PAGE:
1. Go to “Settings” in the Notepad++ menu bar.
  2. Click on “Style Configurator.”
  3. Select the font style you prefer, ensuring it’s monospaced.Changing font style in Notepad++
  4. Save your settings and reopen the NFO file if necessary.

Notepad++ may also give you better performance with large NFO files, as it is designed to handle large amounts of text more efficiently than the basic Notepad.

View NFO files in Windows 11

Using Notepad++ is often enough to solve most of the issues related to viewing NFO files. However, there are rare cases where an NFO file may actually be in a different format, such as XML, which is where a system information viewer can come into play.

Related resource: How to Search for Text in Files on Windows 11

Changing the default app to view .NFO files

Sometimes, .NFO files may attempt to open with “System Information” by default, which can be problematic if the .NFO file is not formatted for this program, as it often is with those containing ASCII art or software release information. You can adjust your system settings to ensure .NFO files open with your preferred text editor or viewer. Here’s how you can change the default program for .NFO files in Windows 11:

  1. Right-click on any .NFO file in Windows Explorer.
  2. Choose “Properties” from the context menu.
  3. In the Properties window, look for the section that says “Opens with.”
  4. Click on the “Change…” button next to the current default application.Change Open With for NFO System Information
  5. Windows will present a list of suggested applications. If you don’t see the one you want, click on “More apps” to expand the list.Change default app for NFO files in Windows 11
  6. If your preferred app is still not listed, scroll down and click on “Look for another app on this PC”.
  7. Navigate to the folder where your preferred text editor or viewer is installed, select the executable file, and click “Open”.
  8. Back in the Properties window, confirm the change and click “Apply” followed by “OK”.

Learn more: How to Change Default App For File Extension in Windows 11

By adjusting the system settings, you can ensure that double-clicking an .NFO file will open it in an application that displays the content correctly. This method is useful for setting a global preference for all .NFO files, saving you from having to choose the right application every time you open a new .NFO file.

Using System Information Viewer

In some cases, an .NFO file might not be a simple text file with ASCII art, but rather an XML file containing system information gathered by Windows. This type of NFO file is created by the Windows System Information Tool and is formatted specifically for viewing in this program. Here’s how you can open this type of NFO file using the System Information Tool:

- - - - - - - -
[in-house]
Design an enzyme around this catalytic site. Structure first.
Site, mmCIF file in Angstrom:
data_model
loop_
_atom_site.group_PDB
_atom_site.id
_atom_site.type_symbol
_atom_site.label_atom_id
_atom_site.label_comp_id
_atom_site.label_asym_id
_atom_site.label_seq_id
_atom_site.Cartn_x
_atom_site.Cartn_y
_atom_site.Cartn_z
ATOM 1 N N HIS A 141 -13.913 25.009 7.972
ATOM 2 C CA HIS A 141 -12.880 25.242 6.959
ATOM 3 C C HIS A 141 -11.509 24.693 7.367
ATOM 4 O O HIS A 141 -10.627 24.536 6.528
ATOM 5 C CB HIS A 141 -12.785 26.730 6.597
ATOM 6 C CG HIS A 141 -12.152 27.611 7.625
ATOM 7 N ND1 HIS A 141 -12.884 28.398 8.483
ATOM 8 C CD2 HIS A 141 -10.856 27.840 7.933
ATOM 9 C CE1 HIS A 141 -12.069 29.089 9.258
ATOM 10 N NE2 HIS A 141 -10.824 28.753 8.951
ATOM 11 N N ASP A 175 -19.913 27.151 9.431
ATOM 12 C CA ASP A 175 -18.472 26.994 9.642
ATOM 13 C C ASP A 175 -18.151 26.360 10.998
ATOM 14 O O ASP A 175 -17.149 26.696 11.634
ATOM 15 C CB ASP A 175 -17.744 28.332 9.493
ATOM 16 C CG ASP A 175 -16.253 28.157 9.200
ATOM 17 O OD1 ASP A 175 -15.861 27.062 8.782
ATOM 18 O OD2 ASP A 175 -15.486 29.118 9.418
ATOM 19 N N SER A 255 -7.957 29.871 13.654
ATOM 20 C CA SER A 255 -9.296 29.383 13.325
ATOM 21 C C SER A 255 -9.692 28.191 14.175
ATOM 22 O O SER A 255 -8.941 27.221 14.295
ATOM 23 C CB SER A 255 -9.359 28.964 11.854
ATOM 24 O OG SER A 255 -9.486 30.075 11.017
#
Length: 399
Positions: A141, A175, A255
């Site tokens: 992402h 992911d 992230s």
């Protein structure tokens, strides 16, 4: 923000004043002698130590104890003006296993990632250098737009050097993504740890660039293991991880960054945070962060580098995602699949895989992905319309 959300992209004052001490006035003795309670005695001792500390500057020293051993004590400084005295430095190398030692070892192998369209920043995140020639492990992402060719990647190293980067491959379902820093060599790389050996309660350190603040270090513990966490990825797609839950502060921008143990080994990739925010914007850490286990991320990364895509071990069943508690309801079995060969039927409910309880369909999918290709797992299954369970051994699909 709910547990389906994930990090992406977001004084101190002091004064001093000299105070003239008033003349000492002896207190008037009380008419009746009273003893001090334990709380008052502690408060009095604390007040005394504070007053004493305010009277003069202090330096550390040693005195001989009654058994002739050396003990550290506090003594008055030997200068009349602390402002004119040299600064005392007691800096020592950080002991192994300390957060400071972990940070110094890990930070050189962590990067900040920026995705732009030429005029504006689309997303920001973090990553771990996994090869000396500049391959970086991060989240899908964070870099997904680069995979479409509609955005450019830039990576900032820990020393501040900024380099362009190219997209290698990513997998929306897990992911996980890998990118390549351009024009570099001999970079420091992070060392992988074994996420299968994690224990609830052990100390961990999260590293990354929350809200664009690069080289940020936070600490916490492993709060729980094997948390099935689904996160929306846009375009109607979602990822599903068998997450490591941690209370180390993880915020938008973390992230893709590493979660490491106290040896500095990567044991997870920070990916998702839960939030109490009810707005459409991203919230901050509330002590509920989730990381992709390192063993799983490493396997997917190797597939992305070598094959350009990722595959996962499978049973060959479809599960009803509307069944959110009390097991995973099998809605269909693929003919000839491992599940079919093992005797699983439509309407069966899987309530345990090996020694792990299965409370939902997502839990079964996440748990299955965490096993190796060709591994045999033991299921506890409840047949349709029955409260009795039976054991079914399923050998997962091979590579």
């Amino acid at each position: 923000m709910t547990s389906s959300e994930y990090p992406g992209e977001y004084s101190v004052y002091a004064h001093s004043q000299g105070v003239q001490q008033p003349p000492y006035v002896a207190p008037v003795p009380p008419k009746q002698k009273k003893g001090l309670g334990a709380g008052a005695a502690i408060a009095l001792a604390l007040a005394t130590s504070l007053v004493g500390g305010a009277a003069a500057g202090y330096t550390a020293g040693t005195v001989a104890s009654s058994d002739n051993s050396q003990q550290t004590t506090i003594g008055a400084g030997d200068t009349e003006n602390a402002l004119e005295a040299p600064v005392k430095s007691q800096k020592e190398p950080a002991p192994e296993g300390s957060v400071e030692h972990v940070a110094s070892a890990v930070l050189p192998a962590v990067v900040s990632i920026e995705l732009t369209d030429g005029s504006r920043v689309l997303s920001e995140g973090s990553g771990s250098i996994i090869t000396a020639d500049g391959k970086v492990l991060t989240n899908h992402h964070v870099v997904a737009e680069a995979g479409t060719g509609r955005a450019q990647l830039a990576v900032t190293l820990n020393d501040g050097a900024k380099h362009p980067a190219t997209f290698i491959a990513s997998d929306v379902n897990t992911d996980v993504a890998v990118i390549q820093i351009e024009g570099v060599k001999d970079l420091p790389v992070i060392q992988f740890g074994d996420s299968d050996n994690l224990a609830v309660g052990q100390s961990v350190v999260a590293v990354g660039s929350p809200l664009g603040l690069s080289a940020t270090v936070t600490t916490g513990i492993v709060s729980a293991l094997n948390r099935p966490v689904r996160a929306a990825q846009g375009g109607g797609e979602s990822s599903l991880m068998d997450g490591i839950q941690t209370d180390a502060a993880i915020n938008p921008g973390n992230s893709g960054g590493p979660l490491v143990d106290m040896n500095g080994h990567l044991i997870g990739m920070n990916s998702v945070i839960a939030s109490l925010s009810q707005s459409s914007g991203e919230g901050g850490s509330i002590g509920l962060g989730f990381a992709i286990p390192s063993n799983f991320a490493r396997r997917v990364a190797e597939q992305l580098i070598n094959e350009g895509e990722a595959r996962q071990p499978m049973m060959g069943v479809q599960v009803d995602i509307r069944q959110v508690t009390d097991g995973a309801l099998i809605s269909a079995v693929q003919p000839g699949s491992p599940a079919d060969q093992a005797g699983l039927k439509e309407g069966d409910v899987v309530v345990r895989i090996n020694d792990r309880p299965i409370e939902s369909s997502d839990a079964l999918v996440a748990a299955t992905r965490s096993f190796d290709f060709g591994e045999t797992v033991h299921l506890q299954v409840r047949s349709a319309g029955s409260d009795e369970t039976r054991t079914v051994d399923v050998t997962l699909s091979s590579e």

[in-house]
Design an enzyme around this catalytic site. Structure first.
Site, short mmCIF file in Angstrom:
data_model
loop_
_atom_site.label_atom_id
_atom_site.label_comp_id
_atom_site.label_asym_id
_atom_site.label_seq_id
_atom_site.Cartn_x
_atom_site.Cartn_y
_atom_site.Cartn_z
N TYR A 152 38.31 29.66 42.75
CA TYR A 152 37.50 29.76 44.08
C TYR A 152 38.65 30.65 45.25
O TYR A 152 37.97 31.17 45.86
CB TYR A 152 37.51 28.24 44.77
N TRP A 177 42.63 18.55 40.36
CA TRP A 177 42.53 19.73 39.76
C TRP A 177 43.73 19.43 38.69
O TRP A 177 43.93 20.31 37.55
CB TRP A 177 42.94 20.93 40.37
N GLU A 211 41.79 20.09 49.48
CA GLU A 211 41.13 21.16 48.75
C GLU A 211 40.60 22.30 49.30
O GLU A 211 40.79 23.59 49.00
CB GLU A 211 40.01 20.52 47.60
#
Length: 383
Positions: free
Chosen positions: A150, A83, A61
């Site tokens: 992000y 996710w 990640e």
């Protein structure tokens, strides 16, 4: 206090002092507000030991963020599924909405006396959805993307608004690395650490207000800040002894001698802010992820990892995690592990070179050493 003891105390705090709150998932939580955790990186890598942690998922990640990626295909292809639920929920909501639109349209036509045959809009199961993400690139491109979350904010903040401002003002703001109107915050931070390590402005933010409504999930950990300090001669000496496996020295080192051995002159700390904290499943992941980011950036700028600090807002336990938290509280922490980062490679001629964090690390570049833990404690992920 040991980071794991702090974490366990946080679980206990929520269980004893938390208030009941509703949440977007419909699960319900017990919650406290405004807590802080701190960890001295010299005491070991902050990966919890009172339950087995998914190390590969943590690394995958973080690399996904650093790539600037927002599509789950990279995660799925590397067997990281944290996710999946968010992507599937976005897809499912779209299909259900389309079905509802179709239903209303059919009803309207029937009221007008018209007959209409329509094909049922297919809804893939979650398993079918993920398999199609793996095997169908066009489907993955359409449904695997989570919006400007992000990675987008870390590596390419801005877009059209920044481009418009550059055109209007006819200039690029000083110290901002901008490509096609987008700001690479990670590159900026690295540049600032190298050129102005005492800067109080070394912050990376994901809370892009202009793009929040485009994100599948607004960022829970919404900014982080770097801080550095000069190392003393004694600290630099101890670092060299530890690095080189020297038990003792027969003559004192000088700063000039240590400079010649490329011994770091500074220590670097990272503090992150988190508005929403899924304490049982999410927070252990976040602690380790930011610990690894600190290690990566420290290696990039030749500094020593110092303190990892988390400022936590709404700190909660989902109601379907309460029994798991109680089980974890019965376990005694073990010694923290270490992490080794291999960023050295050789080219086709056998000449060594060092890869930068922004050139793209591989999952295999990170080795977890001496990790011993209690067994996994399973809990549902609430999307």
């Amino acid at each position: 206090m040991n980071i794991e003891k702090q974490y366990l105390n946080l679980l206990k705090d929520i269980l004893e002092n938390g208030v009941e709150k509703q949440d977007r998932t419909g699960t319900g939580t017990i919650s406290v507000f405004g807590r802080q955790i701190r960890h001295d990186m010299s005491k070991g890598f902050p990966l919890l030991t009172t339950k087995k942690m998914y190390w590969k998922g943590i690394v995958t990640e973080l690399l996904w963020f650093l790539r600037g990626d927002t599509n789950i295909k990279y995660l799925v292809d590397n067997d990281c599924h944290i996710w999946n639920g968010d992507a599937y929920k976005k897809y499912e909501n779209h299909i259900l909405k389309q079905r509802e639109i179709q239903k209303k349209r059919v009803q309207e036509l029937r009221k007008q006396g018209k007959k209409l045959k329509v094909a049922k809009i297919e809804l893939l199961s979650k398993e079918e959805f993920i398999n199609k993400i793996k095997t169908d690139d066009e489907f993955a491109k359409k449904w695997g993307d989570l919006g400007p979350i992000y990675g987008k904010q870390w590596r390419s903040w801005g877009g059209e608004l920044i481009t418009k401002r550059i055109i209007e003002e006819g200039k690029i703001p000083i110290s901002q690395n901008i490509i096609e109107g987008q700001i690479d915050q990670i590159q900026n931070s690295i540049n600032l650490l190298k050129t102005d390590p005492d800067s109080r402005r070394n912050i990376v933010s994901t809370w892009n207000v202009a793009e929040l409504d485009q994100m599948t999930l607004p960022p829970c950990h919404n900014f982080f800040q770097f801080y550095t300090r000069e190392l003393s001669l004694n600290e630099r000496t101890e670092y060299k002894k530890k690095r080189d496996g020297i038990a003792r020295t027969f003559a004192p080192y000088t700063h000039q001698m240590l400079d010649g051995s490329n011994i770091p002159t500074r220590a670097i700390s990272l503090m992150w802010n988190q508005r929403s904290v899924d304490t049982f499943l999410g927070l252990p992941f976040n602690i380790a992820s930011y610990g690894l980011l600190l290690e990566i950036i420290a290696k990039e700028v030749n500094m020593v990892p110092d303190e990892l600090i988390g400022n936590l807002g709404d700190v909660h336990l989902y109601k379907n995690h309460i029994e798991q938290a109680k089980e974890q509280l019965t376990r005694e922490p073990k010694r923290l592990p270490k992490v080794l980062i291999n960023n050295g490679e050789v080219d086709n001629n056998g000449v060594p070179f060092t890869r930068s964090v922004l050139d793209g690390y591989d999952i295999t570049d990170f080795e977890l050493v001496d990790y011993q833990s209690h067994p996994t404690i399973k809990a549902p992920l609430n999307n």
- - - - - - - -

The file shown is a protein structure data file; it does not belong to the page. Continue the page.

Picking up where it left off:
1. Press “Windows + R” to open the Run dialog.
  2. Type msinfo32 and press Enter. This will launch the System Information Tool.
  3. Once the tool is open, go to “File” in the menu bar and select “Open.”
  4. Navigate to the location of your .NFO file, select it, and click “Open.”

Windows 11 NFO Files System Information Viewer

The file should display in a structured format with categories you can browse through, similar to a tree view. This allows you to view comprehensive details about hardware, software, and system components that were captured by the tool.

It’s important to note that if you attempt to open this type of NFO file in a regular text editor, it may appear as illegible text, as the XML format is not meant for direct editing or reading without proper parsing.

Understanding the context of the NFO file is crucial. If it accompanies software or media, it is likely the ASCII text type. If it is something you or someone else generated from your system using the System Information Tool, then the XML type viewer, as described above, is appropriate.


Understanding and accessing the content of .NFO files is an essential task for users who often handle software and media files in Windows 11. While simple text-based .NFO files can be easily opened with Notepad, those containing ASCII art require a more robust text editor like Notepad++ for proper formatting. In cases where .NFO files are system information files in XML format, the Windows System Information Tool provides the correct environment for viewing.

For users seeking a specialized experience, dedicated NFO viewers offer enhanced features and ease of use, especially for ASCII art display. Regardless of the method chosen, it’s important to use the right tool for the type of .NFO file you’re dealing with to ensure the information is presented accurately and clearly.

Nyau Wai Hoe
Nyau Wai Hoe is the Founder and Chief Editor of With a degree in software engineering and over 12 years of experience in the tech support industry, Nyau has established himself as an expert in the field, with a primary focus on the Microsoft Windows operating system. As a tech enthusiast, he loves exploring new technologies and leveraging them to solve real-life problems.